House of Lords votes to delay Osborne’s tax credit plans
The defeat is the first of its kind in the Lords for a government in hundreds of years and ends the convention that peers do not vote down Budget policies which have been supported in the Commons.
In a moment of political drama that could spark a new constitutional crisis, peers ignored warnings from the Prime Minister and backed a motion delaying the cuts until the Government responds to analysis of their impact by the Institute for Fiscal Studies and considers “mitigating action”.
Voting was 307 to 277, majority 30, for the amendment put down by independent crossbench peer Baroness Meacher at the close of a heated and highly charged debate lasting more than three and a half hours.
They then backed another amendment by Labour designed to force the government to come up with a compensation scheme for those likely to lose out from the tax credit cuts.
Earlier, a Liberal Democrat bid to kill off the cuts altogether was heavily defeated by 310 votes to 99, Government majority 211.
The votes came after Lords leader Baroness Stowell of Beeston warned peers not to challenge the “primacy” of the Commons on financial matters.
At the start of the debate Tory Leader of the House of Lords Lady Stowell said Chancellor George Osborne would listen “very carefully” to concerns about the cuts if the Lords stepped back from rejecting or delaying them.
However, the plea was ignored wiith concerns that low income families will lose on average £1,300 or 10 per cent of their household incomes as a result of the changes.
The vote puts pressure on the Chancellor to change his plans in December’s Autumn statement with many Tory backbenchers now joining opposition parties to express concerns about the impact of the cuts designed to save £4 billion.
During the debate it became clear that the government would even struggle to keep Tory peers on side.
Former Conservative chancellor of the exchequer Lord Lawson has criticised the way cuts to tax credits are being pushed through and has demanded changes.
“I am torn because I believe there are aspects to these measures which need to be reconsidered and indeed changed.
“The great harm, or a great deal of the harm, is at the lowest end and that is what needs to be looked at again. That is what concerns me.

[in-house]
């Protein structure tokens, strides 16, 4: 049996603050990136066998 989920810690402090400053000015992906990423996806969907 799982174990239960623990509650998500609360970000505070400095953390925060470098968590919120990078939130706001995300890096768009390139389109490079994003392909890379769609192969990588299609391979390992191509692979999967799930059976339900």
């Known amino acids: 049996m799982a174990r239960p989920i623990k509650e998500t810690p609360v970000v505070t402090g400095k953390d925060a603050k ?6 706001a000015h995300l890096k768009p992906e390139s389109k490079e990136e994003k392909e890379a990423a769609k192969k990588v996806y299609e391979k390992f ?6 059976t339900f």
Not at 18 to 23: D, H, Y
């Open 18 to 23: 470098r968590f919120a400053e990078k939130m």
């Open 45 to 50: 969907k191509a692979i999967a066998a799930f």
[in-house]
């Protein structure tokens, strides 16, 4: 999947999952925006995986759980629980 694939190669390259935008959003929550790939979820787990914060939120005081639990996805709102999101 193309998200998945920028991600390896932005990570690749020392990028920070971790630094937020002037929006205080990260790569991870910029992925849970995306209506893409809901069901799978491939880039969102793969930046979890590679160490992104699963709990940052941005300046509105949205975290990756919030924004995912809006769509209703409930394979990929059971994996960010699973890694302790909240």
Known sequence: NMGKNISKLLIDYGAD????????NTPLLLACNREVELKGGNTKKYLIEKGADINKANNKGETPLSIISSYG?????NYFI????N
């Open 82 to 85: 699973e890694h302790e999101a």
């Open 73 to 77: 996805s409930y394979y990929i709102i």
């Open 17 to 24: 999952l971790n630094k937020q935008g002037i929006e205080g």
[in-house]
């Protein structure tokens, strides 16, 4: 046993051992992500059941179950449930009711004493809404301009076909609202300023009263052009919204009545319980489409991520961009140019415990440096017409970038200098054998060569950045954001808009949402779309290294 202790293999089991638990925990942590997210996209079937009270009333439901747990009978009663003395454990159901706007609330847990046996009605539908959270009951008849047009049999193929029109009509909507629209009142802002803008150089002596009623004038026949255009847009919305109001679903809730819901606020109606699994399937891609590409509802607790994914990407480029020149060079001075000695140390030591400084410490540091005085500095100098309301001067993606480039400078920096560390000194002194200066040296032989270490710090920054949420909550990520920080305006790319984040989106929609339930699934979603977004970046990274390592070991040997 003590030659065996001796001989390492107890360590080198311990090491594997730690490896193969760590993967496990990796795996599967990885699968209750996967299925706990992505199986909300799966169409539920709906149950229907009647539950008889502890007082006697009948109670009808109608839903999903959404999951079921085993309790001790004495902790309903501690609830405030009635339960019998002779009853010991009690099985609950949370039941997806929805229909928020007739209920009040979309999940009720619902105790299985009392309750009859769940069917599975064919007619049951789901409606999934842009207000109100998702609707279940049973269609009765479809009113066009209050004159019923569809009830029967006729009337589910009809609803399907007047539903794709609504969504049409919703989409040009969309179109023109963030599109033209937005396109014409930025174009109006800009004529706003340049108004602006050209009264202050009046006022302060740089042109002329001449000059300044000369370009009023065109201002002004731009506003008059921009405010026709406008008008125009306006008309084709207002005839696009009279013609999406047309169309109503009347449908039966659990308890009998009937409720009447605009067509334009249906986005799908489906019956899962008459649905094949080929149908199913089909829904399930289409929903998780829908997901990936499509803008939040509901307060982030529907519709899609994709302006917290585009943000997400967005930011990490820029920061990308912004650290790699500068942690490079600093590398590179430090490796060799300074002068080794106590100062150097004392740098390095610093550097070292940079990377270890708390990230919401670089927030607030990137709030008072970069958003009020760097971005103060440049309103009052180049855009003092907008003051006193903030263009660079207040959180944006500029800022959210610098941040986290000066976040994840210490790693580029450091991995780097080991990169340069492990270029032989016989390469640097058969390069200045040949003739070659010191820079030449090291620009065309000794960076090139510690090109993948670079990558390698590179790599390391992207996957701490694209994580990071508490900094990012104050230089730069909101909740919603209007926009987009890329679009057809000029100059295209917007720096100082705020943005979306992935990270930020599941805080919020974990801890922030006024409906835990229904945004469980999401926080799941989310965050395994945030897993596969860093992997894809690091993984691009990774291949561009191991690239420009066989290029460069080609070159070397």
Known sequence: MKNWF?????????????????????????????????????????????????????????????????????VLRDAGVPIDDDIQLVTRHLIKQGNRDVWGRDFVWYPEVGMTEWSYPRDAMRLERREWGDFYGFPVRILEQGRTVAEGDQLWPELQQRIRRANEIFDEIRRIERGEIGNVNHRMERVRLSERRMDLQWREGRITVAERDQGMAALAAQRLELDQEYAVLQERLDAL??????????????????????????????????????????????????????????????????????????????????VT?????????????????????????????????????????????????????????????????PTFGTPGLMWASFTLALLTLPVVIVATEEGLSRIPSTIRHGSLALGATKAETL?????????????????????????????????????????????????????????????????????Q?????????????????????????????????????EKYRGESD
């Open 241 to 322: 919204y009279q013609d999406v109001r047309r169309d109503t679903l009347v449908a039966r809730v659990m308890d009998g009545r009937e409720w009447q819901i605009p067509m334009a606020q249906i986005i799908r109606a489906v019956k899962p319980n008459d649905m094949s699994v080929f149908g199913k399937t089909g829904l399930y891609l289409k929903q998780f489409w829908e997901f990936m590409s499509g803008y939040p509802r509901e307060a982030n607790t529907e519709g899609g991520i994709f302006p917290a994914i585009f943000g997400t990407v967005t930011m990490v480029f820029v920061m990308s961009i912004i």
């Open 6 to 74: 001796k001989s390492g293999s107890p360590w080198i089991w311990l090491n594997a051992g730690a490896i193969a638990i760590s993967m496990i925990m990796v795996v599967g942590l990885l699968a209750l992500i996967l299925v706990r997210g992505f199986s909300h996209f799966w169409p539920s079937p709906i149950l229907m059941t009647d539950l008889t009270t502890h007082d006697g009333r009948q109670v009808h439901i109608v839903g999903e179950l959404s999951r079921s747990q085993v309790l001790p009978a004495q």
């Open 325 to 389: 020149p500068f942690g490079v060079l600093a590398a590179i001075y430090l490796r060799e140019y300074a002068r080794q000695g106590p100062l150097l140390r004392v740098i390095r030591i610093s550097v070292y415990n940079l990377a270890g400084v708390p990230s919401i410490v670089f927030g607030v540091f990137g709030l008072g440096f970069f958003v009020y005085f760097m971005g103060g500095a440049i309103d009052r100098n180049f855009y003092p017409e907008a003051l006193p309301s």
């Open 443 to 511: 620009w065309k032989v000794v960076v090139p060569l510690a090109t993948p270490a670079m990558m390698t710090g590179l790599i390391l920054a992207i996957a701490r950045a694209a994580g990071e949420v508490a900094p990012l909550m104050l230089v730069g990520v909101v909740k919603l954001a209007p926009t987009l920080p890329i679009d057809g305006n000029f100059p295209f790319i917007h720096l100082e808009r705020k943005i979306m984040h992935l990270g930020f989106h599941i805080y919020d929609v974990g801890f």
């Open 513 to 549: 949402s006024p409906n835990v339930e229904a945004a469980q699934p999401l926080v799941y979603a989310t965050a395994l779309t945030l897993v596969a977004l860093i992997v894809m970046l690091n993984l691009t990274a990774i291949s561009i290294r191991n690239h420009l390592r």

“I think it is perfectly possible with tweaking it to take more from the upper end of the tax credit scale and less from the lower end of the tax credit scale,” Lord Lawson said.
The Tory peer added that the tax credit system had been allowed to “balloon enormously” in recent years and that it was “absurd” to say that a means tested benefit could never be reduced.
Lord Lawson said he backed the Bishop of Portsmouth’s motion expressing regret at the tax credit cuts, but insisted the upper house had no right to vote the measures down.
“This is a budgetary matter, however it is dressed up,” the former chancellor said.
The Archbishop of York, the Most Rev John Sentamu, told peers they would be abrogating their responsibilities by approving regulations without having the full facts before them.
He warned against driving working families into the hands of “loan sharks” by reducing their support. and said many low income households were still worse off than in 2008.
But arguing that peers had no right to delay the measures, Tory former Cabinet minister Lord Fowler said the Conservatives had spelt out their intention to find £12 billion of welfare savings in their 2015 manifesto with more clarity than he could ever remember.
“I don’t think anyone can have imagined how spending on tax credits was to escalate in the way it did,” he said. “But I accept that none of this was the fault of the families who are struggling to make ends meet.”
Lord Fowler said: “We are the unelected House. The Commons is the elected one.” MPs had already voted on the cuts and the unelected House could not “impose its will” on them.
Closing the debate for the Labour Party, Baroness Smith of Basildon condemned the prime minister for talking-up a “phoney” constitutional crisis in order to deflect attention away from the impact of the cuts.
“This goes too far, too quickly, and causes too much harm,” the Baroness told the upper House.
The Labour peer attacked the “threats” and “bullying” deployed by the Tories in order to head off defeat.
“The threats that have been made to the House of Lords as an institution is nothing more than parliamentary bullying.
“We will not exceed our authority, but neither will be cowed into abdicating our responsibilities to hold the Government to account,” Baroness Smith said.
Deputy leader of the Lords Earl Howe said that the impact of the Labour amendment would be the same as the “fatal motion” put forward by the Lib Dems in that it would “thwart” the legislation.
The Tory peer said it was a “false proposition” that the Labour motion would only delay the changes.
“It would not be delayed, it would be thwarted entirely,” the deputy leader of the Lords said, as he warned such a result would put the proposed reforms on a “perpetual treadmill”.